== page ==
eleni_kechriWe started with their Kechirabi Retsina, a wine they started making in 1939.  It is 100% Roditis and fermented in stainless steel tanks with top quality pine resin. Without having had  other Retsinas to compare with, it was difficult to evaluate, but I thought it was better than the Retsina of Greek beaches enjoyed many years ago.  The predominant flavour was without a doubt pine resin, and it had a nice clean and refreshing feel to it.

Then we moved on to the Tear of the Pine Retsina.  Like Kechirabi, the vintage was not on the label, but it was in fact from 2014.  To give you some idea of the price, it retails in Greece for around €12, which would probably translate to around £17 in the UK, and is over double the cost of Kechrabi. The Tear of the Pine is made from the highly regarded Assyrtiko grape variety, fermented in new oak barrels, and aged on the lees for 6 months. It demonstrated very well how good Retsina could be, if you start with the intention of making a good quality white wine and use carefully selected pine resin in a controlled fashion. Here the use pine resin was very subtle, to the extent that it was easy not to notice initially. But the strength of the resinous aromas did seem to build up, perhaps as the wine warmed, and was most noticeable on the finish.

Let’s attempt a tasting note for the Tear of the Pine… Intense, fresh, citric on the nose.  Almost Riesling-like with lime and maybe a hint of petrol. Herbs. Oak definitely. Aromatic resin in the background, sometimes contributing a spicy note.  Medium high acidity on the palate, and bone dry.  Citrus, oak and pine in that order of intensity, and with that order in time. More pine on the finish, then oak, giving an almost astringent finish.  Elegant, with the resin providing complexity and refreshment.  I drank the wine with dinner on a couple of occasions too, and the only slight negative was that after four glasses or so the wood flavours – the oak as well and the pine – started to get a bit much for me.  If only I was able to stop after three glasses… :) *****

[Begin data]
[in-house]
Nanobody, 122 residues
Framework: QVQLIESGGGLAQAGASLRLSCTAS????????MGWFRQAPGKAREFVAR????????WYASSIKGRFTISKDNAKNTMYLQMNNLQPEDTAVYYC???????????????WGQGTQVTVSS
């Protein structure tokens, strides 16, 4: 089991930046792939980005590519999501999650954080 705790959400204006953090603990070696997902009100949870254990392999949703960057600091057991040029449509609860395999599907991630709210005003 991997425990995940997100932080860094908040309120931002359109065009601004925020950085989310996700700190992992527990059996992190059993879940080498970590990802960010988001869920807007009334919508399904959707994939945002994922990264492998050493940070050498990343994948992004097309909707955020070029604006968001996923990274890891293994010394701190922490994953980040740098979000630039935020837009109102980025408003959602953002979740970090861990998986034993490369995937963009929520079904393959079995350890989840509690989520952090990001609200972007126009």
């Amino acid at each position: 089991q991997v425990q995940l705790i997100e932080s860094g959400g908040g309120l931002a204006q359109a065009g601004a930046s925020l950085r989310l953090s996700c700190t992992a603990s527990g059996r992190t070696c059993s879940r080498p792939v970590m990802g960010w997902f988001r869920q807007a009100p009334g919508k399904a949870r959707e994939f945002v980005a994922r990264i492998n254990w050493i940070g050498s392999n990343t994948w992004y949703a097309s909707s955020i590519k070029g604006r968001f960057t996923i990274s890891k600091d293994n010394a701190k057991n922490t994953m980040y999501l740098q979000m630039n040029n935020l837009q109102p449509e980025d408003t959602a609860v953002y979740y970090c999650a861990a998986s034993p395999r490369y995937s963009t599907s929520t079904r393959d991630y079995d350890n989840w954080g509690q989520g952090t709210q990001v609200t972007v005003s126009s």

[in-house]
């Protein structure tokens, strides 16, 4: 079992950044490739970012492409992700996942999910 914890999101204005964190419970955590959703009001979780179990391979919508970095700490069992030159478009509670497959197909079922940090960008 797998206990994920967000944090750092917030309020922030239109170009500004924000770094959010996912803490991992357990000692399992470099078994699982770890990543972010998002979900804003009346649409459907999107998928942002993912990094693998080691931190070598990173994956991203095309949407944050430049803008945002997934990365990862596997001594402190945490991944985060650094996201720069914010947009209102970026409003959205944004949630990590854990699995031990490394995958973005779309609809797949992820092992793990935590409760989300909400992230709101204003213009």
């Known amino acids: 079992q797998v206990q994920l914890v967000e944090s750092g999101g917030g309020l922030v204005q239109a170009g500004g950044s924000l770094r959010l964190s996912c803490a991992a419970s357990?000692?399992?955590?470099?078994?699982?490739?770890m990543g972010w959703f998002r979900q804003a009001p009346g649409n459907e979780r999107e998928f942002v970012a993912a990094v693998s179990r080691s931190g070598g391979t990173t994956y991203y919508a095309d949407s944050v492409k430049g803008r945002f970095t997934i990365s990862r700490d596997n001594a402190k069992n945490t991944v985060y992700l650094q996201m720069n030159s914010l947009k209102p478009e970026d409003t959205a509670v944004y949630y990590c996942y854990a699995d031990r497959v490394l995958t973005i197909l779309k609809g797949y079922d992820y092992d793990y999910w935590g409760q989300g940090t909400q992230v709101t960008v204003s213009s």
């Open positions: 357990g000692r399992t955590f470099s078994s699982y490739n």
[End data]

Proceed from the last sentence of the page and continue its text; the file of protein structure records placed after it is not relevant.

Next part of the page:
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Rapsani – the adventure, the wine and the town

It was the first afternoon of our wine trip in North Greece programme, and time for The Rapsani Wine Aventure. On receiving the trip itinerary, I quickly checked out this Adventure using Google. I found the video, and it looked fun.

But it took me more time to figure out what Rapsani was, and why we were being taken up the mountain. It turns out that Rapsani is the name of a Protected Designation of Origin (PDO) that lies just to the South of Mount Olympus. Its wine is red, and made from roughly equal parts of three varieties: the respected local Xinomavro variety, better known as the grape of Naoussa, and the lesser known Krassato and Stavroto varieties, which moderate Xinomavro’s rather austere structure. Traditionally the vineyards have mixed vines, but some newer vineyards are mono-varietal.


The mountainous PDO region is closely associated with the producer Tsantali, who effectively rescued wine production there by buying the failing local co-op winery from the Greek Agriculture Bank. They did this in 1991, and invested heavily in the area, not only in the vineyards and production facilities but also in promoting the wine. And it was Tsantali who were our hosts, transporting us in Land Rovers up the mountain, pouring samples of Rapsani en route in the vineyards, and providing larger quantities of mature vintages for us to drink with dinner at our destination, a taverna in the town of Rapsani – the town that gives the PDO its name.